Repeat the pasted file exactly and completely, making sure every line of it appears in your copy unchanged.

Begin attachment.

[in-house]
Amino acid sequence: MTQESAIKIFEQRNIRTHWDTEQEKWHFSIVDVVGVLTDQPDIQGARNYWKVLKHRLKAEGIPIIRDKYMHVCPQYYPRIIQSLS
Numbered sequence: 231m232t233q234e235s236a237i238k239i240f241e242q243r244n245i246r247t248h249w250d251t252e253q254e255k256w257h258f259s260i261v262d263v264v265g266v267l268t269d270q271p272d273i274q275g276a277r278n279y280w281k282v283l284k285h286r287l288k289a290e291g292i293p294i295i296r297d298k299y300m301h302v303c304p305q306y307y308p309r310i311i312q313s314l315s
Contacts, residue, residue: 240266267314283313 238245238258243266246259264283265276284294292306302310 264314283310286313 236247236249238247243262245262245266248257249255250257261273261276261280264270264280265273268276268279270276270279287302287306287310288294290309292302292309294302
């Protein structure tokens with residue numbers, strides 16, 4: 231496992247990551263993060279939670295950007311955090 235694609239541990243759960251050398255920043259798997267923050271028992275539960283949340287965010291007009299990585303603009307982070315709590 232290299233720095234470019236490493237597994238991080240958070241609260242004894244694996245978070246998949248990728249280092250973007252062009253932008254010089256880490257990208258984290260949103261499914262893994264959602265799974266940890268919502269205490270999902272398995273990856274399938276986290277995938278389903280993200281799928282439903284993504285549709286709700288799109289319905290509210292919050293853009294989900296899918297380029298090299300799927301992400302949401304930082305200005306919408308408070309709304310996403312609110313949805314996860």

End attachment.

[in-house]
Amino acid sequence: MTQESAIKIFEQRNIRTHWDTEQEKWHFSIVDVVGVLTDQPDIQGARNYWKVLKHRLKAEGIPIIRDKYMHVCPQYYPRIIQSLS
Numbered sequence: 231m232t233q234e235s236a237i238k239i240f241e242q243r244n245i246r247t248h249w250d251t252e253q254e255k256w257h258f259s260i261v262d263v264v265g266v267l268t269d270q271p272d273i274q275g276a277r278n279y280w281k282v283l284k285h286r287l288k289a290e291g292i293p294i295i296r297d298k299y300m301h302v303c304p305q306y307y308p309r310i311i312q313s314l315s
Contacts, residue, residue: 240266267314283313 238245238258243266246259264283265276284294292306302310 264314283310286313 236247236249238247243262245262245266248257249255250257261273261276261280264270264280265273268276268279270276270279287302287306287310288294290309292302292309294302
């Protein structure tokens with residue numbers, strides 16, 4: 231496992247990551263993060279939670295950007311955090 235694609239541990243759960251050398255920043259798997267923050271028992275539960283949340287965010291007009299990585303603009307982070315709590 232290299233720095234470019236490493237597994238991080240958070241609260242004894244694996245978070246998949248990728249280092250973007252062009253932008254010089256880490257990208258984290260949103261499914262893994264959602265799974266940890268919502269205490270999902272398995273990856274399938276986290277995938278389903280993200281799928282439903284993504285549709286709700288799109289319905290509210292919050293853009294989900296899918297380029298090299300799927301992400302949401304930082305200005306919408308408070309709304310996403312609110313949805314996860």